[Back] Date: Sat, 3 Jan 98 23:43:07 CST
From: "Workers World" <ww%wwpublish.com@WUVMD.Wustl.Edu>
Organization: WW Publishers
Subject: Clinton's Korea Plan: Make Workers Pay
Via Workers World News Service
Reprinted from the January 8, 1998 issue of Workers World newspaper

Clinton administration & U.S. Banks: Trying to solve Korean crisis by making workers pay

By Fred Goldstein, Workers World, 8 January 1998

The Clinton administration/International Monetary Fund policy in south Korea has collapsed under the weight of the deepening financial crisis. Washington has been forced to reverse its position of letting south Korean banks and corporations fail as a way of regenerating investor confidence.

Secretary of the Treasury Robert Rubin--the much-hailed expert on the markets, formerly of Goldman Sachs--has had to reverse himself under pressure from the Pentagon, the State Department, and above all, the bankers. Meanwhile, all parties to the policy dispute are agreed on the need to attack the south Korean working class and middle class as a key to solving the crisis.

Rubin had to rush back to Washington in the midst of his fishing vacation to plunge into a frenzied series of meetings. This came after a month during which he insisted that the United States would not give an early loan to south Korea.

The Dec. 28 Washington Post reported: "Worries were mounting at the State Department, the Pentagon and the National Security Council that if South Korea went bankrupt, it would be plunged into a prolonged period of political and social unrest. ... At meetings in the White House Situation Room, Secretary of State Madeleine Albright, Defense Secretary William Cohen and National Security Adviser Samuel Berger sought to convey the urgency of their concerns to Rubin and his deputy, Lawrence Summers."

The United States has 37,000 troops and 1,000 nuclear weapons in south Korea. It has occupied the south since it divided the country at the end of World War II. Washington claims to be the great national benefactor. The occupation is predicated on the false, anti-communist premise that the enemy of the south Korean masses is the socialist government in the Democratic People's Republic of Korea in the north.

As Washington and its instrument, the IMF, twist the knife in the current crisis, it is becoming more and more obvious to people in south Korea that the real enemy is not the DPRK, as the United States and its political puppets in south Korea have maintained for decades. The real enemy is Washington.

The brass in the Pentagon are afraid that President Bill Clinton's confrontational financial policy will upset anti- DPRK military and political strategy by destroying all social support for the occupation--and eventually, for the U.S.-imposed division of the country.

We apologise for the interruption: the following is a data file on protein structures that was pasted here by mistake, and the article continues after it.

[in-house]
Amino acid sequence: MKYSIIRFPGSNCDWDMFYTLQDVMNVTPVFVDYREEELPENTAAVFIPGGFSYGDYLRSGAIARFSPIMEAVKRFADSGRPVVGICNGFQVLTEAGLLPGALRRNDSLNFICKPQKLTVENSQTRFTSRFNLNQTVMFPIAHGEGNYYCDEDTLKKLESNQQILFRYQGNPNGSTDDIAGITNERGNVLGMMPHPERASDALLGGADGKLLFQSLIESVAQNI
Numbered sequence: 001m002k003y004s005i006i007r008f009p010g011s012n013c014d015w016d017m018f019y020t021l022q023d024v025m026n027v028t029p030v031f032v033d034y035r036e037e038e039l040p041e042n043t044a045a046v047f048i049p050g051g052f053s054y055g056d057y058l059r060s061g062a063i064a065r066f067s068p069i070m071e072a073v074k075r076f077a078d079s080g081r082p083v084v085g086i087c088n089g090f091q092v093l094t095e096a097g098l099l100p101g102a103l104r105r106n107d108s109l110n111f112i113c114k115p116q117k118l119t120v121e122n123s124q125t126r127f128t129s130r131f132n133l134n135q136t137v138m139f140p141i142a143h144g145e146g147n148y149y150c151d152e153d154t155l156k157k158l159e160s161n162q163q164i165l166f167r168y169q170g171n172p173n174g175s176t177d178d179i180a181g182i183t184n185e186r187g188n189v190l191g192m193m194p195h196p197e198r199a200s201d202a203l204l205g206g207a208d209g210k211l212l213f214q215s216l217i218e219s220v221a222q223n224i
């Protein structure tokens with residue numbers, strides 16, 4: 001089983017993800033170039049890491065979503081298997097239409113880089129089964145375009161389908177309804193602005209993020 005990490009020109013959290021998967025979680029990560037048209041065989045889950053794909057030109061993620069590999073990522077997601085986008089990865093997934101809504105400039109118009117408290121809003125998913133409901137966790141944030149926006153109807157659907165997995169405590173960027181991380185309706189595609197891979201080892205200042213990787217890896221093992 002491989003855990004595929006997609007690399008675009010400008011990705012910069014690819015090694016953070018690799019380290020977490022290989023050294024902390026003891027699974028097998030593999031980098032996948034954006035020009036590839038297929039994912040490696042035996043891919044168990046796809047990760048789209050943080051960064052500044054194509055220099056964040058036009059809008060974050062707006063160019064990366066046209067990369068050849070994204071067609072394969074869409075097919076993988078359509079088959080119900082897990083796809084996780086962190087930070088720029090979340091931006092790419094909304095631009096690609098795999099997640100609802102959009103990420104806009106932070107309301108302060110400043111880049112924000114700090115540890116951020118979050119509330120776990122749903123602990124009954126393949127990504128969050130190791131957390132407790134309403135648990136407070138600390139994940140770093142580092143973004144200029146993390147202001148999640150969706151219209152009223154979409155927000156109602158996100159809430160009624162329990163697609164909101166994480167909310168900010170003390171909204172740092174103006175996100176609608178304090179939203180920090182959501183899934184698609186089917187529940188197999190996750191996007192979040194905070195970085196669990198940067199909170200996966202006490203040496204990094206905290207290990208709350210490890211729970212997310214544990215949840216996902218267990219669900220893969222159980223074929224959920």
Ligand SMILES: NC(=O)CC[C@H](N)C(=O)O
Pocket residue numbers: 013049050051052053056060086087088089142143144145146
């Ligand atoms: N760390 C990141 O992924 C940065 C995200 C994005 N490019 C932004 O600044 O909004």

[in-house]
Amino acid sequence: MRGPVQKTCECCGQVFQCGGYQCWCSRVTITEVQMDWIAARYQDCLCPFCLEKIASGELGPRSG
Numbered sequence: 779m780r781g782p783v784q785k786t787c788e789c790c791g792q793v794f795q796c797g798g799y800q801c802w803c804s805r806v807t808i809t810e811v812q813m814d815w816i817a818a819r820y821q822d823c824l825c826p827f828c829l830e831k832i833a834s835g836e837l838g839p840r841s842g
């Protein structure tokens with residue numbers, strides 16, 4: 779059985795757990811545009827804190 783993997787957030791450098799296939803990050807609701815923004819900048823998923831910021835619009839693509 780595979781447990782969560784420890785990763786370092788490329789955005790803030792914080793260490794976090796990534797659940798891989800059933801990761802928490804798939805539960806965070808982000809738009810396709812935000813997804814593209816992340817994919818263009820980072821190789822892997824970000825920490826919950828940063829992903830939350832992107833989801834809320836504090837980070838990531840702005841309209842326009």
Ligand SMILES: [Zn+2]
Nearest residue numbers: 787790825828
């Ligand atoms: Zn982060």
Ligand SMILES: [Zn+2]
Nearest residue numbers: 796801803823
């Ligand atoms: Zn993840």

The White House meetings in late December focused on the fact that south Korea was on the verge of default before the next scheduled IMF loan in mid-January. Rubin emerged from these meetings to reverse himself.

He said the United States would give $1.7 billion as part of an accelerated $10-billion emergency loan by the IMF and the G-7 governments. Rubin talked about "enormous security concerns" at his news conference.


But the predominant weight toward shifting position in the crisis came from the banks and the Federal Reserve Board. At the same time the meetings were taking place in the White House, New York Federal Reserve Board President William McDonough was meeting with representatives of Chase Manhattan, Citicorp, J.P. Morgan, Bankers Trust, the Bank of New York and BankAmerica.

The subject was rolling over loans to "buy time." This was to be coordinated with Japanese and European banks.

The key to the U.S. banks' decision to consider rolling over loans was an agreement that Washington imposed on the south Korean government on Dec. 22 and 23. "U.S. Treasury Undersecretary David Lipton made four requests in addition to the IMF guidelines at a meeting with President-elect Kim Dae Jung and his economic advisers on Monday and Tuesday," wrote the Chosun Ilbo newspaper in its Dec. 23 Internet edition.

"Specifically he asked for the revision of labor laws to give management the right to lay off workers, the effective repeal of the foreign-exchange control laws, the interest- rate limitation law and the guaranteeing of legal rights to small stockholders. ... Lipton warned that only honoring the IMF agreement would not be enough to satisfy Wall Street investors."